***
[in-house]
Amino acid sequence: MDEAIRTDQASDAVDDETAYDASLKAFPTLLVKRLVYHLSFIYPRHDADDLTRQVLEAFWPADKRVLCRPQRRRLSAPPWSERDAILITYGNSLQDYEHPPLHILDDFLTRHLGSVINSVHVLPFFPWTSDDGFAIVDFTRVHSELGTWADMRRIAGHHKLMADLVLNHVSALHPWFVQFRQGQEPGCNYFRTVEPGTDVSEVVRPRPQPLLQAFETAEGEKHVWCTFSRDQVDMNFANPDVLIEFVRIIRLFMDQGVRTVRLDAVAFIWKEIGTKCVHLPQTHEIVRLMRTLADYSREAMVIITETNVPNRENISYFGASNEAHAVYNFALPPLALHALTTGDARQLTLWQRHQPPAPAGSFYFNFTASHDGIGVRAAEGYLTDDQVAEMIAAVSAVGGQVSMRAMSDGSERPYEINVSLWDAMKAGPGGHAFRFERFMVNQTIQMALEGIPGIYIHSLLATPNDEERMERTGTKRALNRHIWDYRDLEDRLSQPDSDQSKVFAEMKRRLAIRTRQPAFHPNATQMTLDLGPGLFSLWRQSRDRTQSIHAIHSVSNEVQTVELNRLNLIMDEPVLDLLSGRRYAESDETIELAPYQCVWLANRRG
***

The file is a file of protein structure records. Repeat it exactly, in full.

[in-house]
Amino acid sequence: MDEAIRTDQASDAVDDETAYDASLKAFPTLLVKRLVYHLSFIYPRHDADDLTRQVLEAFWPADKRVLCRPQRRRLSAPPWSERDAILITYGNSLQDYEHPPLHILDDFLTRHLGSVINSVHVLPFFPWTSDDGFAIVDFTRVHSELGTWADMRRIAGHHKLMADLVLNHVSALHPWFVQFRQGQEPGCNYFRTVEPGTDVSEVVRPRPQPLLQAFETAEGEKHVWCTFSRDQVDMNFANPDVLIEFVRIIRLFMDQGVRTVRLDAVAFIWKEIGTKCVHLPQTHEIVRLMRTLADYSREAMVIITETNVPNRENISYFGASNEAHAVYNFALPPLALHALTTGDARQLTLWQRHQPPAPAGSFYFNFTASHDGIGVRAAEGYLTDDQVAEMIAAVSAVGGQVSMRAMSDGSERPYEINVSLWDAMKAGPGGHAFRFERFMVNQTIQMALEGIPGIYIHSLLATPNDEERMERTGTKRALNRHIWDYRDLEDRLSQPDSDQSKVFAEMKRRLAIRTRQPAFHPNATQMTLDLGPGLFSLWRQSRDRTQSIHAIHSVSNEVQTVELNRLNLIMDEPVLDLLSGRRYAESDETIELAPYQCVWLANRRG